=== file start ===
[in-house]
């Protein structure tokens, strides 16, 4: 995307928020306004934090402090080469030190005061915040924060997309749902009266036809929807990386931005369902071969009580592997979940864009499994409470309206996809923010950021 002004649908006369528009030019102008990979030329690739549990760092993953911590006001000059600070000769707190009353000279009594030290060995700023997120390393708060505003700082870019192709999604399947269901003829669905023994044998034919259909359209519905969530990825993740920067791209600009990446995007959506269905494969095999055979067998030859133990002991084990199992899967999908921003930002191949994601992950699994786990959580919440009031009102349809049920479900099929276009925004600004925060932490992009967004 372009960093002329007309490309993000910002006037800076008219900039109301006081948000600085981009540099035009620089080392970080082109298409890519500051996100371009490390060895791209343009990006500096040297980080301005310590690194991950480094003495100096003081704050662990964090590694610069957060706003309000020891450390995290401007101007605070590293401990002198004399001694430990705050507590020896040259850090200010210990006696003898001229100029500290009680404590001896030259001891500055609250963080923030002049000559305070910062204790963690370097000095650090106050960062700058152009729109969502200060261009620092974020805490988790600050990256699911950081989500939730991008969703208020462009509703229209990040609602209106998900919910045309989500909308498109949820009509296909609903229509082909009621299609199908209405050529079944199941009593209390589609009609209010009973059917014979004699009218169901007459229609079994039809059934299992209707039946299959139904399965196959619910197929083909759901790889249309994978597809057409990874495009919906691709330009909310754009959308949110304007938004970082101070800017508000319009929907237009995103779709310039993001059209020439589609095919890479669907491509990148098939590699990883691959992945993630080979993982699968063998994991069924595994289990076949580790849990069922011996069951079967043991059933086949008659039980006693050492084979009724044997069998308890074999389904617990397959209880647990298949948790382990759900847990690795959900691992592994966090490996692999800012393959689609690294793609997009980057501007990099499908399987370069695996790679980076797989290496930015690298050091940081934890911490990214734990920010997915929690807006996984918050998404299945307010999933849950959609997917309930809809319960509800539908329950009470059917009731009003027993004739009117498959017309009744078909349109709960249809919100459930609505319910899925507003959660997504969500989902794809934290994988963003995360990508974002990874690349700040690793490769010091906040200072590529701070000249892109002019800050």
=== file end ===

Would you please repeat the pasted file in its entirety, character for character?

[in-house]
């Protein structure tokens, strides 16, 4: 995307928020306004934090402090080469030190005061915040924060997309749902009266036809929807990386931005369902071969009580592997979940864009499994409470309206996809923010950021 002004649908006369528009030019102008990979030329690739549990760092993953911590006001000059600070000769707190009353000279009594030290060995700023997120390393708060505003700082870019192709999604399947269901003829669905023994044998034919259909359209519905969530990825993740920067791209600009990446995007959506269905494969095999055979067998030859133990002991084990199992899967999908921003930002191949994601992950699994786990959580919440009031009102349809049920479900099929276009925004600004925060932490992009967004 372009960093002329007309490309993000910002006037800076008219900039109301006081948000600085981009540099035009620089080392970080082109298409890519500051996100371009490390060895791209343009990006500096040297980080301005310590690194991950480094003495100096003081704050662990964090590694610069957060706003309000020891450390995290401007101007605070590293401990002198004399001694430990705050507590020896040259850090200010210990006696003898001229100029500290009680404590001896030259001891500055609250963080923030002049000559305070910062204790963690370097000095650090106050960062700058152009729109969502200060261009620092974020805490988790600050990256699911950081989500939730991008969703208020462009509703229209990040609602209106998900919910045309989500909308498109949820009509296909609903229509082909009621299609199908209405050529079944199941009593209390589609009609209010009973059917014979004699009218169901007459229609079994039809059934299992209707039946299959139904399965196959619910197929083909759901790889249309994978597809057409990874495009919906691709330009909310754009959308949110304007938004970082101070800017508000319009929907237009995103779709310039993001059209020439589609095919890479669907491509990148098939590699990883691959992945993630080979993982699968063998994991069924595994289990076949580790849990069922011996069951079967043991059933086949008659039980006693050492084979009724044997069998308890074999389904617990397959209880647990298949948790382990759900847990690795959900691992592994966090490996692999800012393959689609690294793609997009980057501007990099499908399987370069695996790679980076797989290496930015690298050091940081934890911490990214734990920010997915929690807006996984918050998404299945307010999933849950959609997917309930809809319960509800539908329950009470059917009731009003027993004739009117498959017309009744078909349109709960249809919100459930609505319910899925507003959660997504969500989902794809934290994988963003995360990508974002990874690349700040690793490769010091906040200072590529701070000249892109002019800050």